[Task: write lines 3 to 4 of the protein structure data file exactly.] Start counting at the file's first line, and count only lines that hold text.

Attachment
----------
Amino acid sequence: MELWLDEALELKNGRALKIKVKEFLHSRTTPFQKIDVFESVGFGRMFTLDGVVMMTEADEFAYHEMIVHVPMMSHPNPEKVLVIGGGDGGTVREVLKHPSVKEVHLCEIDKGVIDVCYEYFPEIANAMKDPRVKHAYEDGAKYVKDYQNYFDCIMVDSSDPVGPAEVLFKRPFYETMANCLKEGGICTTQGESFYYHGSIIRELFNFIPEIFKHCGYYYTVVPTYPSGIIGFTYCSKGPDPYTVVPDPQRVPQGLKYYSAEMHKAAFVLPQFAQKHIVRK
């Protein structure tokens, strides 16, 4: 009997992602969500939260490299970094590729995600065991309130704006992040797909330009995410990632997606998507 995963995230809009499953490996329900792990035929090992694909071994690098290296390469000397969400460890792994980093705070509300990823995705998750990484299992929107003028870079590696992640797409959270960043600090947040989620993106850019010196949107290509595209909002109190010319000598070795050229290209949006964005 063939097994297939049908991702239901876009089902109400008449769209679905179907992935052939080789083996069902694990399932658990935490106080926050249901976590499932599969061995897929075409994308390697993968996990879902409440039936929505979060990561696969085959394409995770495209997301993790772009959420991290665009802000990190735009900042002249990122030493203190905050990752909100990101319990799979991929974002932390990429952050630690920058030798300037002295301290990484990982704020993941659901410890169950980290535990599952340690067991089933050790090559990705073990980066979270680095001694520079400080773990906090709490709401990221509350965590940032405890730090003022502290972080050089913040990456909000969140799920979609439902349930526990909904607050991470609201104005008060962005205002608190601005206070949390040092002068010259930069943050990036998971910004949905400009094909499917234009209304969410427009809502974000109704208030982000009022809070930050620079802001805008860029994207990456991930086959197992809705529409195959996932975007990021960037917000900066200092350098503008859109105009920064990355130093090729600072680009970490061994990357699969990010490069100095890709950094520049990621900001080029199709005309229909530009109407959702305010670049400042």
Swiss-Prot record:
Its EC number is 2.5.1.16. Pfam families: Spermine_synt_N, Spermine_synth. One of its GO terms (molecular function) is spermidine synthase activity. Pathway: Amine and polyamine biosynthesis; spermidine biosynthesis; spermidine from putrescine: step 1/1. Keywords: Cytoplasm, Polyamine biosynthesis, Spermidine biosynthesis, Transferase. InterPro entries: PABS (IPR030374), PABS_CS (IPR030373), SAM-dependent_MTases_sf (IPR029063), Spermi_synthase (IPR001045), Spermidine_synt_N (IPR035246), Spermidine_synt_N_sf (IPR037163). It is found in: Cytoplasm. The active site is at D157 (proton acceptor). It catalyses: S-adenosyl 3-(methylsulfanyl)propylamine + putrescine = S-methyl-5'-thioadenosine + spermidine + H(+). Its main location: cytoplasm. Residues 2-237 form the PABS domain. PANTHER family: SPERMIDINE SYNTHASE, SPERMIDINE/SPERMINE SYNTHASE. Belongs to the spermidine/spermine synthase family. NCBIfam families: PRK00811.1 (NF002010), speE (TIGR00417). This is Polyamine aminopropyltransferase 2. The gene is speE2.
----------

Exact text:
Swiss-Prot record:
Its EC number is 2.5.1.16. Pfam families: Spermine_synt_N, Spermine_synth. One of its GO terms (molecular function) is spermidine synthase activity. Pathway: Amine and polyamine biosynthesis; spermidine biosynthesis; spermidine from putrescine: step 1/1. Keywords: Cytoplasm, Polyamine biosynthesis, Spermidine biosynthesis, Transferase. InterPro entries: PABS (IPR030374), PABS_CS (IPR030373), SAM-dependent_MTases_sf (IPR029063), Spermi_synthase (IPR001045), Spermidine_synt_N (IPR035246), Spermidine_synt_N_sf (IPR037163). It is found in: Cytoplasm. The active site is at D157 (proton acceptor). It catalyses: S-adenosyl 3-(methylsulfanyl)propylamine + putrescine = S-methyl-5'-thioadenosine + spermidine + H(+). Its main location: cytoplasm. Residues 2-237 form the PABS domain. PANTHER family: SPERMIDINE SYNTHASE, SPERMIDINE/SPERMINE SYNTHASE. Belongs to the spermidine/spermine synthase family. NCBIfam families: PRK00811.1 (NF002010), speE (TIGR00417). This is Polyamine aminopropyltransferase 2. The gene is speE2.